This report aims is to look at the social side of state accountability and anti-corruption
Identify interventions that have attempted to increase levels of trust in society. Look at what the interventions have tried to do and if they were effective. The focus is on ‘trust’ from the perspective of accountable relationships with government (e.g. over taxes) and general economic relationships. The aim is to look at the social side of state accountability and anti-corruption.
- It is possible to discern that interventions concerned with transforming state-society relations necessarily involve or require raising trust levels within society and/or between state-society. However, only a few of these interventions present trust-building as a central or explicit objective.
- In contrast, descriptions of trust deficits in fragile states abound in governance and institutional reform programme documents.
- It appears some development agencies treat ‘trust’ as a cross-cutting dimension that enters into discussions around related themes such as social cohesion, inclusion, accountability, and resilience.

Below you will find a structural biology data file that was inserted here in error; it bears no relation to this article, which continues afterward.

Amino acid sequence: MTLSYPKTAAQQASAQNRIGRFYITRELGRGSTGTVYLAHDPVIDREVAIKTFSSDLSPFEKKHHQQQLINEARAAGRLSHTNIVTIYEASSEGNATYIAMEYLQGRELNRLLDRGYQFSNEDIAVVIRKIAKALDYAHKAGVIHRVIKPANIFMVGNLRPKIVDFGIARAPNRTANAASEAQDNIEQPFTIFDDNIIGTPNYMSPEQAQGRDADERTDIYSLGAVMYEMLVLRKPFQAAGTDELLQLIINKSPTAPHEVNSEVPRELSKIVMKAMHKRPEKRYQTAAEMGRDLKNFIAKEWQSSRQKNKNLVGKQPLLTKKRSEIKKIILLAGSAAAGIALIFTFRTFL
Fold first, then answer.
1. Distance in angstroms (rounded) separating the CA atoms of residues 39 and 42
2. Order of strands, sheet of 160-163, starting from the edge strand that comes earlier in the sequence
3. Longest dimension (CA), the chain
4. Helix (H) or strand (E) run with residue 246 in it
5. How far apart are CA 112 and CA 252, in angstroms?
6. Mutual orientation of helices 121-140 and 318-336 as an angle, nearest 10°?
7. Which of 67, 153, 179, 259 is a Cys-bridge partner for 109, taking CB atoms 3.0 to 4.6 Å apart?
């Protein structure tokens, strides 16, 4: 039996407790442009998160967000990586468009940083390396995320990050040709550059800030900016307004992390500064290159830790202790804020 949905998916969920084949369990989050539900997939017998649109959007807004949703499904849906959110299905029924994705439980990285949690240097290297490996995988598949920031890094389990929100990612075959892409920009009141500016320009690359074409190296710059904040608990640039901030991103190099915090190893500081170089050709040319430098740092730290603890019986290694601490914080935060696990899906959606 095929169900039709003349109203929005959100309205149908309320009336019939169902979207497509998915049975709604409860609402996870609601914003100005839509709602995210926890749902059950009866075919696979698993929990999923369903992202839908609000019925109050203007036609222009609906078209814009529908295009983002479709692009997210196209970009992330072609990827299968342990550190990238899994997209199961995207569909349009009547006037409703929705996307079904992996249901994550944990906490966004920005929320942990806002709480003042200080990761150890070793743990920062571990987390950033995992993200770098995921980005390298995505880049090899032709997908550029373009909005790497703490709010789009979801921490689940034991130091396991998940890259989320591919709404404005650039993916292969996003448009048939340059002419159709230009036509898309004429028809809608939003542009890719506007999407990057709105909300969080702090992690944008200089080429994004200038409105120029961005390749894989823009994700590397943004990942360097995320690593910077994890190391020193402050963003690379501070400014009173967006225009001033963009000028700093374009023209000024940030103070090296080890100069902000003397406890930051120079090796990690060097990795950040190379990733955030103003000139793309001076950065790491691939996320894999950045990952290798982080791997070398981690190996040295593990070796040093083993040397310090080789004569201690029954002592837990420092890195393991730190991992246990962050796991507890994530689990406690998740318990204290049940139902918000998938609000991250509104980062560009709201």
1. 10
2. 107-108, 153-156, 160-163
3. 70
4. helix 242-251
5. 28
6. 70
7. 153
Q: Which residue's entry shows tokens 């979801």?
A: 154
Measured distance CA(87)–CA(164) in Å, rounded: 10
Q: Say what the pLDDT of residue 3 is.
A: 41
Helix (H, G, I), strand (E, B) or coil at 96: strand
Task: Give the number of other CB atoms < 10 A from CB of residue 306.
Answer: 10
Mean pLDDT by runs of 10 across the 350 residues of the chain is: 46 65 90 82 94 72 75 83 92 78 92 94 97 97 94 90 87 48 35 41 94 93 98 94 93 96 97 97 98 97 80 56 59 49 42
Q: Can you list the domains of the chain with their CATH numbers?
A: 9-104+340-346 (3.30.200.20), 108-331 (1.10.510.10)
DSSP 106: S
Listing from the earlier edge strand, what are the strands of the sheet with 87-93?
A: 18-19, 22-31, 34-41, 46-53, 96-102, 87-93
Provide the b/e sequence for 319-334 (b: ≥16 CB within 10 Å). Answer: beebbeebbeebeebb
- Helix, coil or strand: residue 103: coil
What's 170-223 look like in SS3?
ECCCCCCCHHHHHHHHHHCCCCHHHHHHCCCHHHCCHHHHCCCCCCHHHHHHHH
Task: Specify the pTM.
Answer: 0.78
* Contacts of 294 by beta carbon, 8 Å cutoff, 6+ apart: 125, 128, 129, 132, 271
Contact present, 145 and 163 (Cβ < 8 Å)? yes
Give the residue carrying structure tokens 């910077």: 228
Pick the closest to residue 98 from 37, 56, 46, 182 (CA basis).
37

- Some interventions do track levels of trust (within society, between state-society), sometimes as a (proxy) indicator of building social cohesion or social capital, but measuring trust levels and trust-building is challenging, and techniques are still nascent.
- Illustrative cases of interventions that have involved building and/or measuring trust levels in society have been found in four areas: (1) social accountability, (2) community driven development, (3) tax-related interventions and (4) transformative social protection. The report summarises key points found from each approach.
Carter, B. Interventions to increase levels of trust in society (GSDRC Helpdesk Research Report 941). Governance and Social Development Resource Centre, University of Birmingham, Birmingham, UK (2013) 13 pp.